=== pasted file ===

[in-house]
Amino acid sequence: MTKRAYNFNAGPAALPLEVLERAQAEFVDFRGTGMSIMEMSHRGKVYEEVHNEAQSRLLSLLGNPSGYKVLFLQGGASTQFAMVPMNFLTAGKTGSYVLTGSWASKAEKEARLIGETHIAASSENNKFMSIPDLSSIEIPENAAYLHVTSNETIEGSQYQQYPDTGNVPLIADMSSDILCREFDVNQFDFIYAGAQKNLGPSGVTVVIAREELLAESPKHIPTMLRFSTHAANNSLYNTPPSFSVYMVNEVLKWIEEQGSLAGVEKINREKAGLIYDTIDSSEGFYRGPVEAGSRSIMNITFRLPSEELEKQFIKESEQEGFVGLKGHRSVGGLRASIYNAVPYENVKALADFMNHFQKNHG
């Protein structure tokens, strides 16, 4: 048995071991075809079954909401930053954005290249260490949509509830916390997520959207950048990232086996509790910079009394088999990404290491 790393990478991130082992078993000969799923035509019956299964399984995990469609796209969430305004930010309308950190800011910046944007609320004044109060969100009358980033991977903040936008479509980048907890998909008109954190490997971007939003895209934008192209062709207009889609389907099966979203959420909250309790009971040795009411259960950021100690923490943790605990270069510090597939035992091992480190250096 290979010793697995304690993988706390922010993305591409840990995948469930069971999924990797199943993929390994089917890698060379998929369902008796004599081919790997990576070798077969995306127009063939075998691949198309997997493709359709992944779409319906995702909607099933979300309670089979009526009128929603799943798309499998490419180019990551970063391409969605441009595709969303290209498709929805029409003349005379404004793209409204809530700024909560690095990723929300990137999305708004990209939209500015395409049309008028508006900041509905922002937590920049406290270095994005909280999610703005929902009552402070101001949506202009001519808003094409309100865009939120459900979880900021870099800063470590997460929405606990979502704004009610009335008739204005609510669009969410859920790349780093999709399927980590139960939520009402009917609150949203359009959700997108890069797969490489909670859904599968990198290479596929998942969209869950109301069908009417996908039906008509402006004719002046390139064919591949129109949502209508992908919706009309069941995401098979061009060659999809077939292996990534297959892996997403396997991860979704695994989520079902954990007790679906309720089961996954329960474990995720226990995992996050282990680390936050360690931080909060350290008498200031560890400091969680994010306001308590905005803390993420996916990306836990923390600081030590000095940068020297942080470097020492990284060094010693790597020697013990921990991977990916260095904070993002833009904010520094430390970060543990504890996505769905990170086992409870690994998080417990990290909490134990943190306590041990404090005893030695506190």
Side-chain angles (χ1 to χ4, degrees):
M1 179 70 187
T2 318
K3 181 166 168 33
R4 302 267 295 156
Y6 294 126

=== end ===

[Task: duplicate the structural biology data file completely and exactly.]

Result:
[in-house]
Amino acid sequence: MTKRAYNFNAGPAALPLEVLERAQAEFVDFRGTGMSIMEMSHRGKVYEEVHNEAQSRLLSLLGNPSGYKVLFLQGGASTQFAMVPMNFLTAGKTGSYVLTGSWASKAEKEARLIGETHIAASSENNKFMSIPDLSSIEIPENAAYLHVTSNETIEGSQYQQYPDTGNVPLIADMSSDILCREFDVNQFDFIYAGAQKNLGPSGVTVVIAREELLAESPKHIPTMLRFSTHAANNSLYNTPPSFSVYMVNEVLKWIEEQGSLAGVEKINREKAGLIYDTIDSSEGFYRGPVEAGSRSIMNITFRLPSEELEKQFIKESEQEGFVGLKGHRSVGGLRASIYNAVPYENVKALADFMNHFQKNHG
């Protein structure tokens, strides 16, 4: 048995071991075809079954909401930053954005290249260490949509509830916390997520959207950048990232086996509790910079009394088999990404290491 790393990478991130082992078993000969799923035509019956299964399984995990469609796209969430305004930010309308950190800011910046944007609320004044109060969100009358980033991977903040936008479509980048907890998909008109954190490997971007939003895209934008192209062709207009889609389907099966979203959420909250309790009971040795009411259960950021100690923490943790605990270069510090597939035992091992480190250096 290979010793697995304690993988706390922010993305591409840990995948469930069971999924990797199943993929390994089917890698060379998929369902008796004599081919790997990576070798077969995306127009063939075998691949198309997997493709359709992944779409319906995702909607099933979300309670089979009526009128929603799943798309499998490419180019990551970063391409969605441009595709969303290209498709929805029409003349005379404004793209409204809530700024909560690095990723929300990137999305708004990209939209500015395409049309008028508006900041509905922002937590920049406290270095994005909280999610703005929902009552402070101001949506202009001519808003094409309100865009939120459900979880900021870099800063470590997460929405606990979502704004009610009335008739204005609510669009969410859920790349780093999709399927980590139960939520009402009917609150949203359009959700997108890069797969490489909670859904599968990198290479596929998942969209869950109301069908009417996908039906008509402006004719002046390139064919591949129109949502209508992908919706009309069941995401098979061009060659999809077939292996990534297959892996997403396997991860979704695994989520079902954990007790679906309720089961996954329960474990995720226990995992996050282990680390936050360690931080909060350290008498200031560890400091969680994010306001308590905005803390993420996916990306836990923390600081030590000095940068020297942080470097020492990284060094010693790597020697013990921990991977990916260095904070993002833009904010520094430390970060543990504890996505769905990170086992409870690994998080417990990290909490134990943190306590041990404090005893030695506190």
Side-chain angles (χ1 to χ4, degrees):
M1 179 70 187
T2 318
K3 181 166 168 33
R4 302 267 295 156
Y6 294 126